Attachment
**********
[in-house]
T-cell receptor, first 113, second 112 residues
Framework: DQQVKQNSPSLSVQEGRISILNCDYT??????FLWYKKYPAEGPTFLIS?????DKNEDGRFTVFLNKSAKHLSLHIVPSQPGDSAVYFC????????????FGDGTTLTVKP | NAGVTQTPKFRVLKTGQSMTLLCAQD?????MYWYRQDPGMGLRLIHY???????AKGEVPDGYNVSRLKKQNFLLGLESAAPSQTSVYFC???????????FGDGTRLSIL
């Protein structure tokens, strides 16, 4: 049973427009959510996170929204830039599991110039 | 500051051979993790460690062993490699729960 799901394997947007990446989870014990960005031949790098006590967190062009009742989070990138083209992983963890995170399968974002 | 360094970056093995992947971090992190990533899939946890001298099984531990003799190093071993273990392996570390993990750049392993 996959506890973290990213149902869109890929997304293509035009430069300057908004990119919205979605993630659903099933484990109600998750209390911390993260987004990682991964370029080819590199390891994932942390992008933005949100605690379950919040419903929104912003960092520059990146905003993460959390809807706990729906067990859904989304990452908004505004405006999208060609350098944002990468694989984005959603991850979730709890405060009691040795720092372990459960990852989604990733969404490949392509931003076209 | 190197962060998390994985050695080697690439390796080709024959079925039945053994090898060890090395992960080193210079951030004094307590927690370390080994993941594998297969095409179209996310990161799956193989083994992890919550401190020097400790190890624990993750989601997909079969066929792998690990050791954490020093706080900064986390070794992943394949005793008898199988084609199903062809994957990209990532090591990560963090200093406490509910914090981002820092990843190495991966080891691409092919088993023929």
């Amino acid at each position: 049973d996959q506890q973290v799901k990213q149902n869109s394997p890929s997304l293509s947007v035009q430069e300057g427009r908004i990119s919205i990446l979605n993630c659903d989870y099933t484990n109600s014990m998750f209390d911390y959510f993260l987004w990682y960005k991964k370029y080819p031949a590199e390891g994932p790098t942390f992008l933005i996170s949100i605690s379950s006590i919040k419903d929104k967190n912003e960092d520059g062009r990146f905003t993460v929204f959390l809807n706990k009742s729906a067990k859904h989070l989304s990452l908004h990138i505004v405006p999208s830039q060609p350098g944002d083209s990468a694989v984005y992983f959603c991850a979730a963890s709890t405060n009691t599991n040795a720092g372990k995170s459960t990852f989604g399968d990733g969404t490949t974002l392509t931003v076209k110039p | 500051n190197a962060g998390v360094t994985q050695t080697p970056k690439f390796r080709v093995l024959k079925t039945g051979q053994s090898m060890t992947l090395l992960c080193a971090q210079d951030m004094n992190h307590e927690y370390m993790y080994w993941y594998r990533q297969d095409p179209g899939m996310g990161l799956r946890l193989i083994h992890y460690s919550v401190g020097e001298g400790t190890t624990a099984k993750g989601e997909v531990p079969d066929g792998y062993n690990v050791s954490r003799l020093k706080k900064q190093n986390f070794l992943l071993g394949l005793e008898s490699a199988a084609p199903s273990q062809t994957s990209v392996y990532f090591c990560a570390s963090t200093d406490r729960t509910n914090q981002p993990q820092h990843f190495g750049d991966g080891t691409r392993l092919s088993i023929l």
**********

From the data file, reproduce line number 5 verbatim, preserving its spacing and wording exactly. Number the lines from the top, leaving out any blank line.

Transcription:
């Amino acid at each position: 049973d996959q506890q973290v799901k990213q149902n869109s394997p890929s997304l293509s947007v035009q430069e300057g427009r908004i990119s919205i990446l979605n993630c659903d989870y099933t484990n109600s014990m998750f209390d911390y959510f993260l987004w990682y960005k991964k370029y080819p031949a590199e390891g994932p790098t942390f992008l933005i996170s949100i605690s379950s006590i919040k419903d929104k967190n912003e960092d520059g062009r990146f905003t993460v929204f959390l809807n706990k009742s729906a067990k859904h989070l989304s990452l908004h990138i505004v405006p999208s830039q060609p350098g944002d083209s990468a694989v984005y992983f959603c991850a979730a963890s709890t405060n009691t599991n040795a720092g372990k995170s459960t990852f989604g399968d990733g969404t490949t974002l392509t931003v076209k110039p | 500051n190197a962060g998390v360094t994985q050695t080697p970056k690439f390796r080709v093995l024959k079925t039945g051979q053994s090898m060890t992947l090395l992960c080193a971090q210079d951030m004094n992190h307590e927690y370390m993790y080994w993941y594998r990533q297969d095409p179209g899939m996310g990161l799956r946890l193989i083994h992890y460690s919550v401190g020097e001298g400790t190890t624990a099984k993750g989601e997909v531990p079969d066929g792998y062993n690990v050791s954490r003799l020093k706080k900064q190093n986390f070794l992943l071993g394949l005793e008898s490699a199988a084609p199903s273990q062809t994957s990209v392996y990532f090591c990560a570390s963090t200093d406490r729960t509910n914090q981002p993990q820092h990843f190495g750049d991966g080891t691409r392993l092919s088993i023929l």